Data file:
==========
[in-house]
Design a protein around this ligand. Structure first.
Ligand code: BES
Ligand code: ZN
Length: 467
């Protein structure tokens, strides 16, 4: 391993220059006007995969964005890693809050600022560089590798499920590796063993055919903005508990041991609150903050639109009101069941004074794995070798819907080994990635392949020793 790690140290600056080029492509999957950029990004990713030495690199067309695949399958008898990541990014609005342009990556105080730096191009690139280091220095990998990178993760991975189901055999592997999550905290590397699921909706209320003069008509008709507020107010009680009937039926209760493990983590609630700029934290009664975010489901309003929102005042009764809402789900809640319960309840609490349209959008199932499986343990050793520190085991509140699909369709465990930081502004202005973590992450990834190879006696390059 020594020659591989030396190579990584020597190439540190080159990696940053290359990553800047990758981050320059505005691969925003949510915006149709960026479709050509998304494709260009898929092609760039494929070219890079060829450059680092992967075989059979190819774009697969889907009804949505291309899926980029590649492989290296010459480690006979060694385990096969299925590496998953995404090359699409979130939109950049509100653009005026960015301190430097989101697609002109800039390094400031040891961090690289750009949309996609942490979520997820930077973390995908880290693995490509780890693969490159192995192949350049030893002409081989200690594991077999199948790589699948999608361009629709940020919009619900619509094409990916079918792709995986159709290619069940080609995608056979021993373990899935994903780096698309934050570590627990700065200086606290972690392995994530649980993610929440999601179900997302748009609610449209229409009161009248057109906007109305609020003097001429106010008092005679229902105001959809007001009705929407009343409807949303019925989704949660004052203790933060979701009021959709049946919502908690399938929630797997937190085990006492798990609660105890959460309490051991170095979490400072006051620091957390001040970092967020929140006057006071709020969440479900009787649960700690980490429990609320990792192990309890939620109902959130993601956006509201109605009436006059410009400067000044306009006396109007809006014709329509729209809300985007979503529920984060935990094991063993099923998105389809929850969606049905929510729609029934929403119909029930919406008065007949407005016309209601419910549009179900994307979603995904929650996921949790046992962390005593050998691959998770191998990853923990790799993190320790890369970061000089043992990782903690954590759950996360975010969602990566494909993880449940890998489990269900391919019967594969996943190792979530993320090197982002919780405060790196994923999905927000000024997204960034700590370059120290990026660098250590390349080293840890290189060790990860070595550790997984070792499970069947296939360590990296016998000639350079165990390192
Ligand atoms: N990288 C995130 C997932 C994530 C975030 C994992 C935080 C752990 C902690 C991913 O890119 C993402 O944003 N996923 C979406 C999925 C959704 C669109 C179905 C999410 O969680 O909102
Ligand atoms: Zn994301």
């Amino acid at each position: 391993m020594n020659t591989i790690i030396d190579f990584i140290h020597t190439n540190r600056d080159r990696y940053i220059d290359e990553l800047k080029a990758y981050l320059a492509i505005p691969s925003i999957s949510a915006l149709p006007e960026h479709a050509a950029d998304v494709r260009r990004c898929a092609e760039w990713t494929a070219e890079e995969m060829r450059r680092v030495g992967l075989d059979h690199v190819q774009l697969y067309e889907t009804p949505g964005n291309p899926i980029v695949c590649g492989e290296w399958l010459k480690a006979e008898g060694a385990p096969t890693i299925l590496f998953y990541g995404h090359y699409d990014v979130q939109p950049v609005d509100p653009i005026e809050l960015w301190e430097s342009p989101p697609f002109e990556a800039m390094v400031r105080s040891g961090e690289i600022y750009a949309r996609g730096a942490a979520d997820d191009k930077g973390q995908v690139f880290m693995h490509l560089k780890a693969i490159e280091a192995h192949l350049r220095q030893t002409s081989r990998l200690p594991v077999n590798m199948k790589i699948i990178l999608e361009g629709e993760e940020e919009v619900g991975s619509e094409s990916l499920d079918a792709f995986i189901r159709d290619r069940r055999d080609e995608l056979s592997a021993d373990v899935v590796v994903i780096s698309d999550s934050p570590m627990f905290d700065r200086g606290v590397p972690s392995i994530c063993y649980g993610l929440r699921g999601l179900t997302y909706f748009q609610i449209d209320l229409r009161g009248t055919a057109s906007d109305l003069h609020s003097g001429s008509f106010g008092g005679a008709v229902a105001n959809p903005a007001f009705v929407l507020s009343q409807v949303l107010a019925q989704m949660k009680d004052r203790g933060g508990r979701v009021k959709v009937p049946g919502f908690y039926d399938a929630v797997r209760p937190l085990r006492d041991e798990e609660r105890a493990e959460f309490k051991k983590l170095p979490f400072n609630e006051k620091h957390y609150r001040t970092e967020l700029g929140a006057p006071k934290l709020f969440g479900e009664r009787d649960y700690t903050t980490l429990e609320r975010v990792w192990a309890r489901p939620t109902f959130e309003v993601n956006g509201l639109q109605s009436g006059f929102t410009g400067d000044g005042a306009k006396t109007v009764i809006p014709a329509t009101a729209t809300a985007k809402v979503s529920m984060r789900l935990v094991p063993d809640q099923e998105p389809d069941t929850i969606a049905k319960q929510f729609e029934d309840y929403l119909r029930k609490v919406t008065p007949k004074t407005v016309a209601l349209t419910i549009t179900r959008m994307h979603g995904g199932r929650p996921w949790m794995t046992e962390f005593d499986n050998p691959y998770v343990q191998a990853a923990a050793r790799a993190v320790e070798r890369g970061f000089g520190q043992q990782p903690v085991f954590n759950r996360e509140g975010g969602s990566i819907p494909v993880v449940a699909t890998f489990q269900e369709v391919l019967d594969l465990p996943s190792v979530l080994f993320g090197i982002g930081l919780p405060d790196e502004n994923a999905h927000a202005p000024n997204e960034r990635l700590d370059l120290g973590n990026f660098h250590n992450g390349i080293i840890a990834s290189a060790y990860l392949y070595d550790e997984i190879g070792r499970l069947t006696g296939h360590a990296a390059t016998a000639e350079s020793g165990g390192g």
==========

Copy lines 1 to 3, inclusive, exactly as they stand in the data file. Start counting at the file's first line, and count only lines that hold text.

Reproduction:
[in-house]
Design a protein around this ligand. Structure first.
Ligand code: BES